ment-loving and luxurious, worked out the lines of decoration
in relief.

Side by side, with only a moderate amount of iuteraction, the
two styles develop. And so regular and uniform is their
development, that with the help of a few temples of known
date to serve as fixed points, it is possible to tell the period of
a Doric or an Ionic temple within no wide limits. When tem-
ples are repaired, the repairs, as in the case of English cathe-
drals, are in the style of the time in which they took place.

We may observe how the Doric capital not only marks a
transition from upright lines to horizontal, but also preserves
the form of the wooden capital in the Mycenaean palace ; how
the triglyphs are descended from upright beams, and the
metopes which they separate were originally open windows.



We may trace the gable form of the roof to wooden construc-
tion, as opposed to the flat roof of clay which is still common
in western Asia. No one, of course, would suppose that reason
and idea can And expression in a building, save by using exist-
ing materials of construction or adapting recognized ways of
building to new materials. Slowly, age by age, the idea more
fully penetrates the material, and uses it more freely to express
itself. And in some particulars reason seems never to have
fully mastered the material. For example, in regard to the
lighting of the temple, we are at present unable to see how it was
satisfactorily accomplished. The Greeks rejected the system
of lighting by leaving spaces between the triglyphs, which
seems the natural plan. They rejected, in the opinion of the
best judges, the system of hypaethral lighting by leaving an
open space in the midst of the roof. Whether they thought
that the light which came in at the open door was sufficient,
whether they had some system of basilican lighting, or whether
they admitted light through semi-transparent roofing slabs of
marble, is at present doubtful.

In the colouring of their temples the Greeks undoubtedly
used paint which we should call glaring, and tolerated juxta-
positions which would offend our eyes. Their principle, indeed,
was not to colour large surfaces with an even wash of paint,
but to pick out in colour borders and small members of archi-
tecture, as well as spaces which served as a background to
sculpture. But even allowing for this, we should call their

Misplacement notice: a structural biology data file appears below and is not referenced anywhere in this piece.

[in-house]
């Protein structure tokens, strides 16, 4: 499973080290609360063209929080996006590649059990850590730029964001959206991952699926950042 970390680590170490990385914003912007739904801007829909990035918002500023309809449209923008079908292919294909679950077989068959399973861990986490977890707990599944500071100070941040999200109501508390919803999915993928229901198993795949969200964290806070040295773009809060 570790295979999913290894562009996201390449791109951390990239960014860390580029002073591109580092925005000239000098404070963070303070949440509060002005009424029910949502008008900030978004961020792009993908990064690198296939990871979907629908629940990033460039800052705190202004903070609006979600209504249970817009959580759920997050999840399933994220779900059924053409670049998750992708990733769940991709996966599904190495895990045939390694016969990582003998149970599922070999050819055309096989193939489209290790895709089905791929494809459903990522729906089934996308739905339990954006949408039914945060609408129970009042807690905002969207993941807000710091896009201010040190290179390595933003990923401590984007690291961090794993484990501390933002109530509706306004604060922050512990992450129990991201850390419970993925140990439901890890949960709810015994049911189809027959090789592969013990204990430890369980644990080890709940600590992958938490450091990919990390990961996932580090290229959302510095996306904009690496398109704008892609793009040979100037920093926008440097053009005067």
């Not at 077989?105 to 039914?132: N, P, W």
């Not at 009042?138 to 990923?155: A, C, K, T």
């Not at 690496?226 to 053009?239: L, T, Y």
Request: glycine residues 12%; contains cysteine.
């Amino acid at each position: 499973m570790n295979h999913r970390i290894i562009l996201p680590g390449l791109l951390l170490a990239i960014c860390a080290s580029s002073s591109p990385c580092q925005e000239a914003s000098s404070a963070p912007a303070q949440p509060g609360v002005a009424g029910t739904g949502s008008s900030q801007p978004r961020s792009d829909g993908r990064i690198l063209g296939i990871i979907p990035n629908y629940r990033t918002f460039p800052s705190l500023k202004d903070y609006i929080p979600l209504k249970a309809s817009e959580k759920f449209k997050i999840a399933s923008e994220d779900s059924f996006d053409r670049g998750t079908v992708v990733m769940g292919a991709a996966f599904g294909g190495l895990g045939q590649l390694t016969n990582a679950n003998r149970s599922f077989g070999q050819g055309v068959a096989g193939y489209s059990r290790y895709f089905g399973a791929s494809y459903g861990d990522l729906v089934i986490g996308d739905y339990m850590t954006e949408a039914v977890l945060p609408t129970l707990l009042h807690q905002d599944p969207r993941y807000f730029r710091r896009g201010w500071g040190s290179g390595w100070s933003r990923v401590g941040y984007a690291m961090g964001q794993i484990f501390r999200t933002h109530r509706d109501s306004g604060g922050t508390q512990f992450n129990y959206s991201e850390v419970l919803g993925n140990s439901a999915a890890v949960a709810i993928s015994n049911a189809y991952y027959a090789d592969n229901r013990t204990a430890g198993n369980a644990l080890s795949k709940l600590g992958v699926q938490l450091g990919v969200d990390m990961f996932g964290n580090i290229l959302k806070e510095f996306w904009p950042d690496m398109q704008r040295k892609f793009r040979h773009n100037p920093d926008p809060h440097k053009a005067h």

colouring harsh.^ It would seem that the modern eye is as
much more sensitive than the Greek in the matter of colour
as the Greek eye was more sensitive than the modern in mat-
ters of form. But we must remember that races used to a

1 See Baumeister's Denkmaler, art. " Polyehromie," or the plates at the end
of the second vohime of Olympia. The terra-cotta decoration of temples has
preserved its colours, but the painting of stone and marble now exists only in
the shape of vestiges.


bright sun and a clear light can endure far more vivid colour-
ing than peoples who dwell amid comparative darkness. And
the Greek senses, though keen, were fresher and less wearied
than ours. Even now peoples who live simply in the presence
of nature have not the same love as the educated for half-
tones and gentle transitions. Nor, in fact, has nature.

M. Boutmy has well pointed out that, in architecture, as in
other fields of activity, the Greeks had the defects of their
qualities. Their forte was fine sense and straight reasoning ;
but these qualities often passed into the excess of delight in
merely perfect technique and a desire to reduce everything to
logical schemes. We see the working of the last-named ten-
dency in the rigid classification of temples by the orders of
Doric, Ionic, and Corinthian. In earlier temples, such as those
at Paestum and Agrigentum, the architect has a freer hand.
But as time went on, rule became stricter. The three styles
are properly styles of pillars ; but the Greeks could not resist
the tendency to reduce all architecture, so to speak, to the key
of the kind of pillar used. Thus it comes about that in the